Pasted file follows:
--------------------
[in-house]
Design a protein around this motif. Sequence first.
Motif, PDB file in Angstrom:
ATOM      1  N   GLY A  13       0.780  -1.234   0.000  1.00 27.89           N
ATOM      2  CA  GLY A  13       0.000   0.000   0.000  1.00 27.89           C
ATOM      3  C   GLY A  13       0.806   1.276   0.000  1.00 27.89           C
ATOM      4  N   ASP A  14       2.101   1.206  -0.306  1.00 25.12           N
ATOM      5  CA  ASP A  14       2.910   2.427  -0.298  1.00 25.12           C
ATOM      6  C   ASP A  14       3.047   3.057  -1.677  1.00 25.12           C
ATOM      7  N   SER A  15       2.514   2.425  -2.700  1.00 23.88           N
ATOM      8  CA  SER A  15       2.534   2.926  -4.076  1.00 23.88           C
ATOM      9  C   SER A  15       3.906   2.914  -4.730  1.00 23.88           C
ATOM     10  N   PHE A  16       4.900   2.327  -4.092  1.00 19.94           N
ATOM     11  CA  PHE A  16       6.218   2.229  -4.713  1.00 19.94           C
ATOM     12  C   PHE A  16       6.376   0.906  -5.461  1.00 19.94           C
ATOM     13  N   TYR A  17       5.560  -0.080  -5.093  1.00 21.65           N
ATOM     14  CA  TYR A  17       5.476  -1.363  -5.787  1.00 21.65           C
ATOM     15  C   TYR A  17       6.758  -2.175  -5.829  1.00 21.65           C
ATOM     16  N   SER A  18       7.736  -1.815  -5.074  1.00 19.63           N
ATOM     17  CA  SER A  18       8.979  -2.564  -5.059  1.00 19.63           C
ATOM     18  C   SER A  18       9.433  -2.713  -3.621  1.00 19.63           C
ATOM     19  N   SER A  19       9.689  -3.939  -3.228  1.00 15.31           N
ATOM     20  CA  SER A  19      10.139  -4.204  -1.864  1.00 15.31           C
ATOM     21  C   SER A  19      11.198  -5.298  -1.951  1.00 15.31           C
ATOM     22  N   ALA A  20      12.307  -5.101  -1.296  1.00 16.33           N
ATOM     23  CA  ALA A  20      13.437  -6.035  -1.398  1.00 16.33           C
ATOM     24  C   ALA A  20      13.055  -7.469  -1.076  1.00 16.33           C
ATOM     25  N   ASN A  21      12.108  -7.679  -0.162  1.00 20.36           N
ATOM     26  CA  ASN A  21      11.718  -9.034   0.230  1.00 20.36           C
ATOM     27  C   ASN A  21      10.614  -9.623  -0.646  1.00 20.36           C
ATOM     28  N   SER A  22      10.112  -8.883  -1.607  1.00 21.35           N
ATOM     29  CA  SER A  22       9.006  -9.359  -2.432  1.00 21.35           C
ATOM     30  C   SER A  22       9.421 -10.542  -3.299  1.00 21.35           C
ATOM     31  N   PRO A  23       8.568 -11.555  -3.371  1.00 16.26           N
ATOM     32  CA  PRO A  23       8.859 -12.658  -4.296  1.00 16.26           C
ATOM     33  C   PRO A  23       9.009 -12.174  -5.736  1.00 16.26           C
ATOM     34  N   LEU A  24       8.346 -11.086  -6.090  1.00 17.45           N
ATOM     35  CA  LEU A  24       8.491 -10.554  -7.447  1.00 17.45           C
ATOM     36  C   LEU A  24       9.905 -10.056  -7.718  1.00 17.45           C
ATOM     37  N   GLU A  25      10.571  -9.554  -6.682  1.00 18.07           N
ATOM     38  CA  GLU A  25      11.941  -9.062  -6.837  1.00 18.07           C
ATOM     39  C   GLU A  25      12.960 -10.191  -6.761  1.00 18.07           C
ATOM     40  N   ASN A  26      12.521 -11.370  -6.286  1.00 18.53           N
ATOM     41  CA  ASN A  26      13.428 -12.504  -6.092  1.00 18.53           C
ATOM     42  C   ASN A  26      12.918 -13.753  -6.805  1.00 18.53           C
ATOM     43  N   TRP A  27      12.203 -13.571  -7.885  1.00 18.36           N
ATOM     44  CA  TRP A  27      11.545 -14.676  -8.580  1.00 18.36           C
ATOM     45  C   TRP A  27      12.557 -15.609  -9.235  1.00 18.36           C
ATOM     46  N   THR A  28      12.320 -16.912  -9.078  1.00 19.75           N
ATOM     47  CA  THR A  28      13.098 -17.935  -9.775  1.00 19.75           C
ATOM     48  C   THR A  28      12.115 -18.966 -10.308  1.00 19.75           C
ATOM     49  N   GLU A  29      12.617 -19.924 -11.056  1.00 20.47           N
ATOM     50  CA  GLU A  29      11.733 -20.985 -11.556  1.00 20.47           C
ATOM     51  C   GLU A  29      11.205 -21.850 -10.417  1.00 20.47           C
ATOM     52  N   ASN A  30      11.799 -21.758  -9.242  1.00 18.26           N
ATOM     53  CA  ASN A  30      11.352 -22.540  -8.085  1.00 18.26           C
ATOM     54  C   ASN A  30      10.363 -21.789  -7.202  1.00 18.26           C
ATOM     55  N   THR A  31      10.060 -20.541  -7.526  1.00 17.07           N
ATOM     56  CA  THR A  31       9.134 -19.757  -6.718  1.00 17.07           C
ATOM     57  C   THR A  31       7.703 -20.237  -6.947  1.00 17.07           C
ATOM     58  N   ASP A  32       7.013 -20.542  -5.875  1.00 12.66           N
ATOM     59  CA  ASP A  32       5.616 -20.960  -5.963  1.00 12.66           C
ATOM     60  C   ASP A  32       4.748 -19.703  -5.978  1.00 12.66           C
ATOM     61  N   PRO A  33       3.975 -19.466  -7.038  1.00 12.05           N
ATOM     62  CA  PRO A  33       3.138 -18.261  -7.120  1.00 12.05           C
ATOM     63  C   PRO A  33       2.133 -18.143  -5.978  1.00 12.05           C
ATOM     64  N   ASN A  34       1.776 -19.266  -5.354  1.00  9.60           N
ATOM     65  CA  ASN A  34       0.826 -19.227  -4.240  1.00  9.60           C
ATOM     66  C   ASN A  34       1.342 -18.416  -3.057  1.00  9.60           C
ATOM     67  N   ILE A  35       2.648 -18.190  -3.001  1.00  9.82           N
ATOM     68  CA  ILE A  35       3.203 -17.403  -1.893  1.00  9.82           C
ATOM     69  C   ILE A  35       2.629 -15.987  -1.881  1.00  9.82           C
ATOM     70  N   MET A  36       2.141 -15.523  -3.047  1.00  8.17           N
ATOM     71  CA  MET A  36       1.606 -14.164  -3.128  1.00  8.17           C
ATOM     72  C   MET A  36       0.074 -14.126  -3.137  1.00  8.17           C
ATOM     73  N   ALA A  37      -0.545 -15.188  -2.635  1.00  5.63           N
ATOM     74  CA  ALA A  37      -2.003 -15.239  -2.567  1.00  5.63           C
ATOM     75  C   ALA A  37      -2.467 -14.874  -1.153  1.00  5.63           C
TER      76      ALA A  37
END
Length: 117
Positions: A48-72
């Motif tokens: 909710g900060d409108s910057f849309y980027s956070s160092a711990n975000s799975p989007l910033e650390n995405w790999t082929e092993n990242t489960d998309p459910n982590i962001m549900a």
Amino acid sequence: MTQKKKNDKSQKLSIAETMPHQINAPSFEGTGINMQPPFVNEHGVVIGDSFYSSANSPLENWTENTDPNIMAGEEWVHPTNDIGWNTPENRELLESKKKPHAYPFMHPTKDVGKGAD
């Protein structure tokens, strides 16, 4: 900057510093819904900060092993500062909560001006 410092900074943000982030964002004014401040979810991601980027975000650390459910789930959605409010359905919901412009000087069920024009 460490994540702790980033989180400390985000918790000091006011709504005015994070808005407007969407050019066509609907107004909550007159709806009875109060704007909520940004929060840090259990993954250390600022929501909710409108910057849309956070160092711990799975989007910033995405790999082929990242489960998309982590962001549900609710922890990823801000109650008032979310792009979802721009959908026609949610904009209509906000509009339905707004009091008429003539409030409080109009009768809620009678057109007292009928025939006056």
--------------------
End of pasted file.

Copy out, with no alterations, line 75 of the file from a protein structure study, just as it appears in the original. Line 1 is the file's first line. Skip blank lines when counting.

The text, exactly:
ATOM     72  C   MET A  36       0.074 -14.126  -3.137  1.00  8.17           C